Now they bring us “Beat the Devil's Tattoo,” their fifth major release. “Beat the Devil's Tattoo” is certainly a rock album, true to form. It has lots of what BRMC do best: massive overdriven bass; rolling, primal drum lines, sinister vocals washing under masses of reverb. Some great material comes out of this mix, and new drummer Leah Shapiro fits very well into BRMC’s long established sound.

It might have been nice if Shapiro had destabilized BRMC a little more in fact - listening to “Beat the Devil’s Tattoo” makes you feel at times like they could have pushed further to do something more new for them, like “Howl.” The band's sound has already been solidly defined, and this album doesn't do much to revise that. This album is not the best work the band have done over the last 11 years then, but it tells me again that they were right and I was wrong – there is still a place for out and out rock music, which takes itself seriously and plays in and out of darkness.

Saturday, February 20, 2010

Massive Attack's Heligoland

Let me dispense with the usual build up and say something about this album that you’ve probably guessed already, given the history of this band: Massive Attack’s Heligoland is a very good album. It’s typically sinister and serious, built from a mix of industrial beats, sparse synths and driving bass, and the often very beautiful work of guest vocalists like Damon Albarn and Martina Topley-Bird. Fans of Massive Attack will likely not be disappointed with this, their first release in seven years.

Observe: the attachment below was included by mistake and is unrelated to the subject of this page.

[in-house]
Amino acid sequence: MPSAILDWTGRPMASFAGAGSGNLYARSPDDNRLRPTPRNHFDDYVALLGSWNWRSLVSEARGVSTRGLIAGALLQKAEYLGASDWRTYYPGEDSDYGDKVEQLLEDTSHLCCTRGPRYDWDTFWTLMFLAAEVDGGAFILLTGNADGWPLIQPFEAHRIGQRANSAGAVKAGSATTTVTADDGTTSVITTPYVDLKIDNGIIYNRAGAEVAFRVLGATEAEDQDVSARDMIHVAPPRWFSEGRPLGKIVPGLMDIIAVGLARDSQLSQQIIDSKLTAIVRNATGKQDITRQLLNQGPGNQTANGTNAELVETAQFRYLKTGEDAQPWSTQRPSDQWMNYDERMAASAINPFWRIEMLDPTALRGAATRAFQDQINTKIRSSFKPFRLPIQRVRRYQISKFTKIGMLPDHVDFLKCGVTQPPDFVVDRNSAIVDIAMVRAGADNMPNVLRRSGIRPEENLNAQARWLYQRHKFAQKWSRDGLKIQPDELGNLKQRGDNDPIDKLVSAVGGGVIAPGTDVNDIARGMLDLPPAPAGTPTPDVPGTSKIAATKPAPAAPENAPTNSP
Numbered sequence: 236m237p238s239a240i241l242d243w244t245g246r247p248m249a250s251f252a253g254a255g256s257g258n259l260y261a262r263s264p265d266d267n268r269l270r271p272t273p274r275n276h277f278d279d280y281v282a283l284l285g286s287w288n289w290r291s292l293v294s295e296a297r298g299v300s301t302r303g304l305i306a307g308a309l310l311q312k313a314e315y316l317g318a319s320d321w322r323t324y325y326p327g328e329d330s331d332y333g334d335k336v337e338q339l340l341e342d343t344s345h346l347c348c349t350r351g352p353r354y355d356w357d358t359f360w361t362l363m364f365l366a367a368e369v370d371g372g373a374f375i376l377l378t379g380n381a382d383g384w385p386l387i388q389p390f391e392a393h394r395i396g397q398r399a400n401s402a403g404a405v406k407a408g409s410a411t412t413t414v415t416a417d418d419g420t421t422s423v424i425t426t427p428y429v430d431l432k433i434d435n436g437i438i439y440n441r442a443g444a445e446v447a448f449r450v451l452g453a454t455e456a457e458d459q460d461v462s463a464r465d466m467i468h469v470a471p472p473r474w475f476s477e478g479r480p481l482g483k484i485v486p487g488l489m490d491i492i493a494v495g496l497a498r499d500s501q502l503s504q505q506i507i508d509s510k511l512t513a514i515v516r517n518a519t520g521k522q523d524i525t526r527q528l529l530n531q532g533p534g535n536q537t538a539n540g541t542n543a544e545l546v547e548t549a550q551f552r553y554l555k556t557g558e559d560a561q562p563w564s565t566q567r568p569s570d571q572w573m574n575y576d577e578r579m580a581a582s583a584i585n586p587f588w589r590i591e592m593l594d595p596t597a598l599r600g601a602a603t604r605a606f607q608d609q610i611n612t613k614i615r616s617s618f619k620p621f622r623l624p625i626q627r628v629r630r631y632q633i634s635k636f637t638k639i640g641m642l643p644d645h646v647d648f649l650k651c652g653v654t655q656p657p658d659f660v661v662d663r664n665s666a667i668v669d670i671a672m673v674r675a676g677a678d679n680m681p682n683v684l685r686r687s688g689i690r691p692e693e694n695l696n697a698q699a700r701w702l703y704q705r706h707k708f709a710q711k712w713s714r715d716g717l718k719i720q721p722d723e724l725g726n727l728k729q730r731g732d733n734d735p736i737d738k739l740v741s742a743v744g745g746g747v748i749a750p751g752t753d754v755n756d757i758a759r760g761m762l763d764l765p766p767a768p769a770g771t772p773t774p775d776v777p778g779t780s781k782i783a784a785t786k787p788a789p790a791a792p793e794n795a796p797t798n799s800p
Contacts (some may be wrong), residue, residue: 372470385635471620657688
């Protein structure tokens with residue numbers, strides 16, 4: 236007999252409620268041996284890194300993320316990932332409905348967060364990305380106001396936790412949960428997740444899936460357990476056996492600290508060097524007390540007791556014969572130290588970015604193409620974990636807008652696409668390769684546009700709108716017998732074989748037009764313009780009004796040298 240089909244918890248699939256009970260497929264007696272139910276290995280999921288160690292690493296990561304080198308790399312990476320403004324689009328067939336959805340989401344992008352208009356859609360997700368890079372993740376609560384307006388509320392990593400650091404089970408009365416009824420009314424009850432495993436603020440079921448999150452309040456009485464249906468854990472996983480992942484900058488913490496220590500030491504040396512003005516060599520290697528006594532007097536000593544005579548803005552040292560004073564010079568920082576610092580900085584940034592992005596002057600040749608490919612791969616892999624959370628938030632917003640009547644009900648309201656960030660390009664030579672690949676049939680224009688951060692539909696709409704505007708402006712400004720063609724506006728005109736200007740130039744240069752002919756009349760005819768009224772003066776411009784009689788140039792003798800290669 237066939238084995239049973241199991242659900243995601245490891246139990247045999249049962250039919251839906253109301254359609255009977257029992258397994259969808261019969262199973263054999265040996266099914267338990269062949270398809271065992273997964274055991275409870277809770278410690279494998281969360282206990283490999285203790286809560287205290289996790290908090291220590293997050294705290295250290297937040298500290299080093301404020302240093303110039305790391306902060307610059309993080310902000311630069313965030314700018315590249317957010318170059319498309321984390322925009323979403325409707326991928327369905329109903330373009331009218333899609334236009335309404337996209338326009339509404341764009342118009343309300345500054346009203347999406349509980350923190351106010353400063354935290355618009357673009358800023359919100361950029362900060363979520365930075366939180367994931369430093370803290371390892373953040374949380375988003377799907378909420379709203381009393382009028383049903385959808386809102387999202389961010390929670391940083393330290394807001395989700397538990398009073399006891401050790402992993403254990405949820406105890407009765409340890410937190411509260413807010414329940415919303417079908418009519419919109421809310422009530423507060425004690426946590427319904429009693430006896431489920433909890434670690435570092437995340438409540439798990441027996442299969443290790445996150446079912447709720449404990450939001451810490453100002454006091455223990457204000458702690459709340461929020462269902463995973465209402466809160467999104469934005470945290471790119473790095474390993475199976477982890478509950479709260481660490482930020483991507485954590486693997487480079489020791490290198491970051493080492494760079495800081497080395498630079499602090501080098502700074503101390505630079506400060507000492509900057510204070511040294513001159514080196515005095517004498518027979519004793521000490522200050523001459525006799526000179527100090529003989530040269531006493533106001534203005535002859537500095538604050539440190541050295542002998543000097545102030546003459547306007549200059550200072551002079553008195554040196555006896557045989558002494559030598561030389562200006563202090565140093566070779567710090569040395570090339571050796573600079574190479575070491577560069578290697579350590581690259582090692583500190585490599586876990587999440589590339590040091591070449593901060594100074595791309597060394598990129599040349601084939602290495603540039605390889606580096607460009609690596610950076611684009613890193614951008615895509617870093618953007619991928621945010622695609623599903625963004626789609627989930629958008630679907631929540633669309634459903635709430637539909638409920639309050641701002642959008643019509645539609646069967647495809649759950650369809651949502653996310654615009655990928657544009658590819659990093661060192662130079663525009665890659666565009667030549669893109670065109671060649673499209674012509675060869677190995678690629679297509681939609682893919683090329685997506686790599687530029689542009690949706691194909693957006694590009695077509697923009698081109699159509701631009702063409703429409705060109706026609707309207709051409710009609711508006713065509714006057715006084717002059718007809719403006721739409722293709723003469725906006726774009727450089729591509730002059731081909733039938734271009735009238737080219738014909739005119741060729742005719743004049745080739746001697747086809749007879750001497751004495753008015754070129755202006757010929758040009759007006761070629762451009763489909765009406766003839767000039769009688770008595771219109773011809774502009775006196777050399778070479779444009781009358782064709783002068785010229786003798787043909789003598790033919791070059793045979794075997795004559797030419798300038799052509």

Now we’ve got that out of the way, I want to write about why this album is very good, and not excellent. I’m not just trying to knit-pick here. I think the reasons for the limitations of Heligoland make a very interesting statement about the challenges that face as seminal a band as Massive Attack. Let me also let you know that I love this band with a passion, so I’m hardly set against them.